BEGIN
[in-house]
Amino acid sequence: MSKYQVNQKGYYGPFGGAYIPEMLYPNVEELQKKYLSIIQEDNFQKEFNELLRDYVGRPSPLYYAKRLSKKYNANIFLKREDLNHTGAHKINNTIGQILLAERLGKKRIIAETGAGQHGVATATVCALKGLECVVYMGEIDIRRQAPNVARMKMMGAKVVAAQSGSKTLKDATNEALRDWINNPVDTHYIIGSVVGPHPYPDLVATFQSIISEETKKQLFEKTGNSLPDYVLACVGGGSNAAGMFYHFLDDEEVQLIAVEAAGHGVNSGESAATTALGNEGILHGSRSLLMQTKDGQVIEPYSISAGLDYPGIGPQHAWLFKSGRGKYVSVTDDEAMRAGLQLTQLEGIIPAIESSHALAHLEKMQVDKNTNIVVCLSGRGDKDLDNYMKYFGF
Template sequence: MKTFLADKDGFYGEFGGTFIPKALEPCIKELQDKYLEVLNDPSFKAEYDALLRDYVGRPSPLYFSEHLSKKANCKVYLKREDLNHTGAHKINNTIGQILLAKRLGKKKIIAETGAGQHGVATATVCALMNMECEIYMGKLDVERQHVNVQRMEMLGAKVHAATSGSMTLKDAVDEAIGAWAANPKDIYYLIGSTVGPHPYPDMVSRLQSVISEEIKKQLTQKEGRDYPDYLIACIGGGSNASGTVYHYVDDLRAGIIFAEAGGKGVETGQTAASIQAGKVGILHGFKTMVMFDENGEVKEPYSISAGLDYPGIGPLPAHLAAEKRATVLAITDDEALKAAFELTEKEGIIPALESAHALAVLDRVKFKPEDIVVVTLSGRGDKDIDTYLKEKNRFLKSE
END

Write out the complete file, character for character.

[in-house]
Amino acid sequence: MSKYQVNQKGYYGPFGGAYIPEMLYPNVEELQKKYLSIIQEDNFQKEFNELLRDYVGRPSPLYYAKRLSKKYNANIFLKREDLNHTGAHKINNTIGQILLAERLGKKRIIAETGAGQHGVATATVCALKGLECVVYMGEIDIRRQAPNVARMKMMGAKVVAAQSGSKTLKDATNEALRDWINNPVDTHYIIGSVVGPHPYPDLVATFQSIISEETKKQLFEKTGNSLPDYVLACVGGGSNAAGMFYHFLDDEEVQLIAVEAAGHGVNSGESAATTALGNEGILHGSRSLLMQTKDGQVIEPYSISAGLDYPGIGPQHAWLFKSGRGKYVSVTDDEAMRAGLQLTQLEGIIPAIESSHALAHLEKMQVDKNTNIVVCLSGRGDKDLDNYMKYFGF
Template sequence: MKTFLADKDGFYGEFGGTFIPKALEPCIKELQDKYLEVLNDPSFKAEYDALLRDYVGRPSPLYFSEHLSKKANCKVYLKREDLNHTGAHKINNTIGQILLAKRLGKKKIIAETGAGQHGVATATVCALMNMECEIYMGKLDVERQHVNVQRMEMLGAKVHAATSGSMTLKDAVDEAIGAWAANPKDIYYLIGSTVGPHPYPDMVSRLQSVISEEIKKQLTQKEGRDYPDYLIACIGGGSNASGTVYHYVDDLRAGIIFAEAGGKGVETGQTAASIQAGKVGILHGFKTMVMFDENGEVKEPYSISAGLDYPGIGPLPAHLAAEKRATVLAITDDEALKAAFELTEKEGIIPALESAHALAVLDRVKFKPEDIVVVTLSGRGDKDIDTYLKEKNRFLKSE